IT Employment

Flexible working: Five top tips for bringing it home

For the IT department, successful flexible working is not just about getting the tech right. One CIO with over a decade of developing flexible-working policies offers five key pieces of advice.

You need systems in place to prove people are more productive in or out of the office. Photo: Shutterstock

The 2012 Olympics have not just been about sporting excellence. They have also provided a useful test case for CIOs looking to establish an effective flexible-working strategy.

Businesses across the UK capital were warned of severe travel congestion in the run-up to the event. Many London-based companies saw the Games as an opportunity to create a flexible-working strategy, and to implement the technologies and policies that allow employees to complete tasks at home.

Some CIOs already have a long-standing interest in new employment practices. Toby Clarke, IT director at insurance specialist Abbey Protection Group, is a passionate advocate of flexible working. In line with legislative demands, the firm has spent the past decade honing its strategy.

"Flexible working is not simply about getting the technology right," says Clarke, who draws attention to a series of performance, support and leadership concerns. Here, Clarke provides his top five tips for CIOs looking to establish increased flexibility.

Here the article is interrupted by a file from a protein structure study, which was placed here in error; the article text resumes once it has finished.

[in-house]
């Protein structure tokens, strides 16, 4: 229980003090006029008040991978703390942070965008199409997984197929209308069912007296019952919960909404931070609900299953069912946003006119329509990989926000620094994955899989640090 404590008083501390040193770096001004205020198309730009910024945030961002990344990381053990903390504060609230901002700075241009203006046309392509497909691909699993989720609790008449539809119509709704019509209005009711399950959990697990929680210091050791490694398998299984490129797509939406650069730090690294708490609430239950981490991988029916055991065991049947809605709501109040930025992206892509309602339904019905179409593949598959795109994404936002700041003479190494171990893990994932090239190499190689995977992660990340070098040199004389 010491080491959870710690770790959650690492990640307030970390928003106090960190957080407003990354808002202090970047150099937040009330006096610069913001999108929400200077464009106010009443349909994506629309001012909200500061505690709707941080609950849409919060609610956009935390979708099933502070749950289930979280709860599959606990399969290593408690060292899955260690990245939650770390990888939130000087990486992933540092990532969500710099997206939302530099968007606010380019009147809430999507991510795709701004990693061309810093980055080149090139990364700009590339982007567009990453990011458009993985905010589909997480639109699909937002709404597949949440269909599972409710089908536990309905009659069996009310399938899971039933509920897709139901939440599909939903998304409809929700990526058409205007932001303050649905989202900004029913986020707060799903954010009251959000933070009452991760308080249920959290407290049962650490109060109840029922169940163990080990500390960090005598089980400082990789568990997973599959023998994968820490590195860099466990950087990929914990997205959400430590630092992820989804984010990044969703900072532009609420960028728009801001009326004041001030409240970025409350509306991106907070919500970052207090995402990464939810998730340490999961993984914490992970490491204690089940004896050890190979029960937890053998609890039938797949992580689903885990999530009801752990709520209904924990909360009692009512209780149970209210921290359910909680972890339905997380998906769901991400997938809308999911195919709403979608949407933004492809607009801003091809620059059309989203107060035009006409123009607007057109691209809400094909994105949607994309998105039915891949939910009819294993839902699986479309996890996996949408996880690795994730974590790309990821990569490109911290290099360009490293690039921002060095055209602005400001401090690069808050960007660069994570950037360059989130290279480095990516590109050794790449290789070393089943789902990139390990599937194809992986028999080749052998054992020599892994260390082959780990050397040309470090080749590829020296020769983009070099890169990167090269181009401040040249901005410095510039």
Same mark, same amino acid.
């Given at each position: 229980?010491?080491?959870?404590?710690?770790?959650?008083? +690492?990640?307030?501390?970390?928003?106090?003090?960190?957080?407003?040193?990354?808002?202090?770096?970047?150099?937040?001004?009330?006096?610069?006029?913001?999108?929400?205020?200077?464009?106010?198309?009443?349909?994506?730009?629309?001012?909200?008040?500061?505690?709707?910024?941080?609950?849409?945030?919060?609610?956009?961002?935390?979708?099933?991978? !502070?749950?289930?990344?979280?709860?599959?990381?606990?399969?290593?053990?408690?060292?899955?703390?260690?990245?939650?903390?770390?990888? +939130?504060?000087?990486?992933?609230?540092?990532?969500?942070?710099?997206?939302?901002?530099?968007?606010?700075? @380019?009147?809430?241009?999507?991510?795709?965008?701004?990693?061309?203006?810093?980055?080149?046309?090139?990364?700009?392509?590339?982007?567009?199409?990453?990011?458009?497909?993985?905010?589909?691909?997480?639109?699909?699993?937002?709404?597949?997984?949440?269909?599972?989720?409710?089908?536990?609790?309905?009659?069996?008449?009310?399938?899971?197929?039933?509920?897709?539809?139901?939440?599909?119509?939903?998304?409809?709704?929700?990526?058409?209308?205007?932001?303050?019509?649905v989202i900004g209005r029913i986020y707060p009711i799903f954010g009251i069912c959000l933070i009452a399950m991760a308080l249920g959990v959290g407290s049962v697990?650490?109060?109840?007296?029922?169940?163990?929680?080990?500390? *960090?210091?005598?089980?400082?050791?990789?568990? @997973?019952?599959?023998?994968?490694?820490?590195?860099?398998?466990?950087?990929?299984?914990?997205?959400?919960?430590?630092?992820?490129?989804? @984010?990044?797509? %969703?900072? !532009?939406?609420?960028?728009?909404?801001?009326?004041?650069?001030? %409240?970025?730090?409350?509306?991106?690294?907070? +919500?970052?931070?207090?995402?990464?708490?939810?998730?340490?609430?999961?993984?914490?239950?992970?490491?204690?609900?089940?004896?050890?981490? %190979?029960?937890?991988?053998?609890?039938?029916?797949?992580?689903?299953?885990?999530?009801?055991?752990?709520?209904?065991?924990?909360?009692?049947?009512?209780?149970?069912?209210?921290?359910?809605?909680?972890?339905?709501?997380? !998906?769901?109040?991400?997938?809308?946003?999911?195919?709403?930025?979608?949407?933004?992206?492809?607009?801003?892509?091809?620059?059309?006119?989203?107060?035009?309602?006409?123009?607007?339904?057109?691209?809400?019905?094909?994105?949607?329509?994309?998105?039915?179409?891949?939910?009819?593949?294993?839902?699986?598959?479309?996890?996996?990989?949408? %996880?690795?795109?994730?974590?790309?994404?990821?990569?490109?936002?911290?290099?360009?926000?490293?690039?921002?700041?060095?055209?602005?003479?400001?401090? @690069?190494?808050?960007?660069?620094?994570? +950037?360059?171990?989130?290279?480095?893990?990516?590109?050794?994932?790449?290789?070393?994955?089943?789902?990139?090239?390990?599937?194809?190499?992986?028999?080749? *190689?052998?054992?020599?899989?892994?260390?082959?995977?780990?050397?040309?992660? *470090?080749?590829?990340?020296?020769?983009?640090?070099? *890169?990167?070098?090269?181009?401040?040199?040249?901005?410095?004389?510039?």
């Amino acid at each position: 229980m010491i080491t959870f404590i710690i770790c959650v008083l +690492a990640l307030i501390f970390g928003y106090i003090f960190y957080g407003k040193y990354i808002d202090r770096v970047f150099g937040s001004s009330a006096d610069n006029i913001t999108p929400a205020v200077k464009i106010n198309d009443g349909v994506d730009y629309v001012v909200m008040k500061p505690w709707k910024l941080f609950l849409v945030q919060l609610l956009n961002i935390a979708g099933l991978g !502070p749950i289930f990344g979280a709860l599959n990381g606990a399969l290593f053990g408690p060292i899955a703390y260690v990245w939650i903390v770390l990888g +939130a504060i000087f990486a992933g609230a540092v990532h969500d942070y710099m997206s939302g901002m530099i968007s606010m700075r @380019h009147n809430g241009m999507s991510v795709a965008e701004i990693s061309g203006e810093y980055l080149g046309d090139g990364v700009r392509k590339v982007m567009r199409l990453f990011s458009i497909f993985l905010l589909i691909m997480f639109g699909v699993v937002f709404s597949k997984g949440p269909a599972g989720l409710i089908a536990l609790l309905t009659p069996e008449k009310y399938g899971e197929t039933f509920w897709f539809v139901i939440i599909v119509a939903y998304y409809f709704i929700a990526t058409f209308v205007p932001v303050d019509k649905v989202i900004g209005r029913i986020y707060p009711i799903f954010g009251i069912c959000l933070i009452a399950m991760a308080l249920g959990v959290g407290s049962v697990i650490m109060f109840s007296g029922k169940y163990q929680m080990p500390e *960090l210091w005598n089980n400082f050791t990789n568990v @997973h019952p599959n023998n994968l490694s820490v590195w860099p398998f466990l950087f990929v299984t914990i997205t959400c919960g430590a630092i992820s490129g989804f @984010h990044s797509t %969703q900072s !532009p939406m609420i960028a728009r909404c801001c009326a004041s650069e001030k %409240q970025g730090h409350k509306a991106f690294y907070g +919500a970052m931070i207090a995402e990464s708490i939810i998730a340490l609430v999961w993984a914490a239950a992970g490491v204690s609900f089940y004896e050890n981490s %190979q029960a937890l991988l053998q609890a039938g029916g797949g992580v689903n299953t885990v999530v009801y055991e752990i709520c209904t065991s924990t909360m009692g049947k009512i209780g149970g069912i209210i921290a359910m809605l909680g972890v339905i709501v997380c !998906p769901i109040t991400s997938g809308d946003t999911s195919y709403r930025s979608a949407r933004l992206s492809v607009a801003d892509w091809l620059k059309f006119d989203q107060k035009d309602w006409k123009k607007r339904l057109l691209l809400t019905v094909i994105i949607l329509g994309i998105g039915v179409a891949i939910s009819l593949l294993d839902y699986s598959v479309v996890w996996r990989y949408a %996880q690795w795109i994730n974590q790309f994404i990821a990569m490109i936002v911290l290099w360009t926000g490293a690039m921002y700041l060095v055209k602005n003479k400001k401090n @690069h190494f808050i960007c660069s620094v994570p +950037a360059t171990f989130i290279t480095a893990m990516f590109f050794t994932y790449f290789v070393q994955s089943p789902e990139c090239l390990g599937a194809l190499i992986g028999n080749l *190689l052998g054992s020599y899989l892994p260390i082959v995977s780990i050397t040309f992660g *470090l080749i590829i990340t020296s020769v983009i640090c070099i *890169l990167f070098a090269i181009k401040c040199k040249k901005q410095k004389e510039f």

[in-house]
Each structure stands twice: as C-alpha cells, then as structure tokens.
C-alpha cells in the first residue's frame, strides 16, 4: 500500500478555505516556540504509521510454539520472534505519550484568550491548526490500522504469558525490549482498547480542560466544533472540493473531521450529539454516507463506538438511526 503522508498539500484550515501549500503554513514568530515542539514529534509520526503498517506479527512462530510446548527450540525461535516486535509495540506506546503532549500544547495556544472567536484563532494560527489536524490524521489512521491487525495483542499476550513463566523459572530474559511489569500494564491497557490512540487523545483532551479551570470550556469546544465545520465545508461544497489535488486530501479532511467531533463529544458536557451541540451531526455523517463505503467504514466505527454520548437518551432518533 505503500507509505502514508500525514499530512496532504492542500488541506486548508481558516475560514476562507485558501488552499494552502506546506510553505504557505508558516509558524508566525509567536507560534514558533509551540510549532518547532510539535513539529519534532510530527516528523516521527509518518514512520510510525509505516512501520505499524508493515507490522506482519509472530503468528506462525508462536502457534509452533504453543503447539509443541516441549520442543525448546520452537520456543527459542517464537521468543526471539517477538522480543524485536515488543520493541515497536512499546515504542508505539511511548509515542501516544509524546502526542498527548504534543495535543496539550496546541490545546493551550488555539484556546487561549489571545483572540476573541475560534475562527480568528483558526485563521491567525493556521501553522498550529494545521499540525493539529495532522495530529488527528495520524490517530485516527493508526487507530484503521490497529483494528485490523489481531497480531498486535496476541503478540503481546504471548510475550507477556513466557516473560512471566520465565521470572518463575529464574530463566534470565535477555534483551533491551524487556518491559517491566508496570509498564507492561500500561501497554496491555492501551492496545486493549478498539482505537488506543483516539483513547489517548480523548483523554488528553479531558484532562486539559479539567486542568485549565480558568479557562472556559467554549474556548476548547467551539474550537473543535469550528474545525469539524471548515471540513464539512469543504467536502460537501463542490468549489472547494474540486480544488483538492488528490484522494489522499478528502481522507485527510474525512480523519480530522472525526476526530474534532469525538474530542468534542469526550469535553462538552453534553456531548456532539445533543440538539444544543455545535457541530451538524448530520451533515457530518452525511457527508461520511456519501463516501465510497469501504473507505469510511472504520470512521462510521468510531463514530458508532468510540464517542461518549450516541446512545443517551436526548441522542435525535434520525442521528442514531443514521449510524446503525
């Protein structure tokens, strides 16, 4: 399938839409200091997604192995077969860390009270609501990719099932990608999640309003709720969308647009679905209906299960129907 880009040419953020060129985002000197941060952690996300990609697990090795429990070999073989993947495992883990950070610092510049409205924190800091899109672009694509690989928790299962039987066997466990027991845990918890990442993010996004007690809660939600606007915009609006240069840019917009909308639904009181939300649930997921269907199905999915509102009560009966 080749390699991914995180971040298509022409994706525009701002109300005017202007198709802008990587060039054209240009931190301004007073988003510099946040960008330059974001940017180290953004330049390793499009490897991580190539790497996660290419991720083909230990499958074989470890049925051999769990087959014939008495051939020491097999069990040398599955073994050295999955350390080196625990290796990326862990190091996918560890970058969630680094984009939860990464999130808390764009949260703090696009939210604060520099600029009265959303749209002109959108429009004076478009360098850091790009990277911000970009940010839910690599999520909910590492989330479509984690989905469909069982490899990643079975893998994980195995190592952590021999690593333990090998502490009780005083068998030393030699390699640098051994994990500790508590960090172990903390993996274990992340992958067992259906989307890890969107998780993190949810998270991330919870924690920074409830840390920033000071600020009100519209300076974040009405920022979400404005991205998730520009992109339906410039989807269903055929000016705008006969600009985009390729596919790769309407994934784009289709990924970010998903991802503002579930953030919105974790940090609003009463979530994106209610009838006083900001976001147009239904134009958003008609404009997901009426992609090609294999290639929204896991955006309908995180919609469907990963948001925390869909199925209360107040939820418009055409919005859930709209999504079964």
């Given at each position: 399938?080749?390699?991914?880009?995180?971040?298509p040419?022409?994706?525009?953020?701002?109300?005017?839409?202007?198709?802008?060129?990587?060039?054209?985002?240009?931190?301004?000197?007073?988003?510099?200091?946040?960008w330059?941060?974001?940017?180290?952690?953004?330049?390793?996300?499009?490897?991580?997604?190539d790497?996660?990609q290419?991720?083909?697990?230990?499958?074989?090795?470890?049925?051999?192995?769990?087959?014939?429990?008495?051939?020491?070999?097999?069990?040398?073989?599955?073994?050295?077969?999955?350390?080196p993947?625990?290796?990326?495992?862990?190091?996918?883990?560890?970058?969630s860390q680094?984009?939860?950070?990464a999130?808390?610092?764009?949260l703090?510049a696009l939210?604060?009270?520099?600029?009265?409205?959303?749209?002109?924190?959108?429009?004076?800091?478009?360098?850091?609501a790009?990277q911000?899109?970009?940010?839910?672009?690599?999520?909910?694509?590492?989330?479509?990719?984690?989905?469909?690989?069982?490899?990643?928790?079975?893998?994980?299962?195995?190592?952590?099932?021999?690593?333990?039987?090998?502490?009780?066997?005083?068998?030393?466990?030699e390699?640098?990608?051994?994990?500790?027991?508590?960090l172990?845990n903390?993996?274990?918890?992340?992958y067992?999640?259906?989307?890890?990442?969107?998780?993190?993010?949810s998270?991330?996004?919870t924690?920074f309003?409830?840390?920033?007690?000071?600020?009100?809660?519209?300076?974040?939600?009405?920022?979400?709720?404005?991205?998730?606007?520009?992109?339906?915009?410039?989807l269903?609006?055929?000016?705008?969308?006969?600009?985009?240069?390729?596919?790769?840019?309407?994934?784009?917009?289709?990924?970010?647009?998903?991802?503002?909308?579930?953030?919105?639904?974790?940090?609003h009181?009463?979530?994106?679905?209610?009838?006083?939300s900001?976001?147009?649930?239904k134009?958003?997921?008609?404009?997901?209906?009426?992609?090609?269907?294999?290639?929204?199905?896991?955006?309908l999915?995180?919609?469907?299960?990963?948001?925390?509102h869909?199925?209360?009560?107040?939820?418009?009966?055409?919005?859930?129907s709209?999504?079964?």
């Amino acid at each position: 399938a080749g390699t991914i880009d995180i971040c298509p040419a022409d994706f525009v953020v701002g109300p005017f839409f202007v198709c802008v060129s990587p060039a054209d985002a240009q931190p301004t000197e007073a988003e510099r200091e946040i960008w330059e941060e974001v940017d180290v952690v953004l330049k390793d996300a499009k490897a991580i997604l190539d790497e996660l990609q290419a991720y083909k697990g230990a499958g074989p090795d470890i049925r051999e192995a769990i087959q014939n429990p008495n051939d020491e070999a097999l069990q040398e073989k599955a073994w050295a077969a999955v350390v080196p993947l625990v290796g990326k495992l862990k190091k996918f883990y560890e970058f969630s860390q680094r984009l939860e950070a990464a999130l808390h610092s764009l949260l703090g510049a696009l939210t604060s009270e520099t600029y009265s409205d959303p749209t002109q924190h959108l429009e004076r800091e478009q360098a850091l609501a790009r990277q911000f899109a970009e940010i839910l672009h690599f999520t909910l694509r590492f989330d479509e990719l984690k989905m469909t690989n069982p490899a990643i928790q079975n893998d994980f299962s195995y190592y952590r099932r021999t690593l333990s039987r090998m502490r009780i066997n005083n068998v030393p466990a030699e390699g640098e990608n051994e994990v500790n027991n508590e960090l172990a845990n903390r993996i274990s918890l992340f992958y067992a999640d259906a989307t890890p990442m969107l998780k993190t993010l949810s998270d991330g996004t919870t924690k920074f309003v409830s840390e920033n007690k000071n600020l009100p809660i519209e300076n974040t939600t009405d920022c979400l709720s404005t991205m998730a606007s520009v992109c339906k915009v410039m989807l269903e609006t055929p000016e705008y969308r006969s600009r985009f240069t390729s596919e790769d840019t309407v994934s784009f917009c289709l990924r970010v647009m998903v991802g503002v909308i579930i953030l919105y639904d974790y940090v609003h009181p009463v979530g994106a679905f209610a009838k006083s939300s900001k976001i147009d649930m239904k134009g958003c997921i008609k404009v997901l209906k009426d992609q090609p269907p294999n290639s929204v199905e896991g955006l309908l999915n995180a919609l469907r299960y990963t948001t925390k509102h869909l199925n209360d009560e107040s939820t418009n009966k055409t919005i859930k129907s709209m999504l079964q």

1. Prove performance to the people at the top

Clarke's first piece of advice to other CIOs thinking of establishing a flexible-working policy is to concentrate on metrics. While collaborative technologies and support services will help employees interact, CIOs must be able to tell C-suite executives how flexibility creates benefits for the business.

"Understand how you will measure the success of your policy," says Clarke. "We have put systems in place that allow us to prove our people are more productive in or out of the office."

The method of performance measurement depends on the line of business. Most of Abbey's home workers are lawyers giving out legal advice to customers by phone. Productivity, in many cases, is as simple as measuring the number of calls made.

Without establishing the right metrics, worker performance will not be correctly judged, and senior executives will not be able to monitor the success of the policy. "You must get your targets right before allowing flexibility," says Clarke.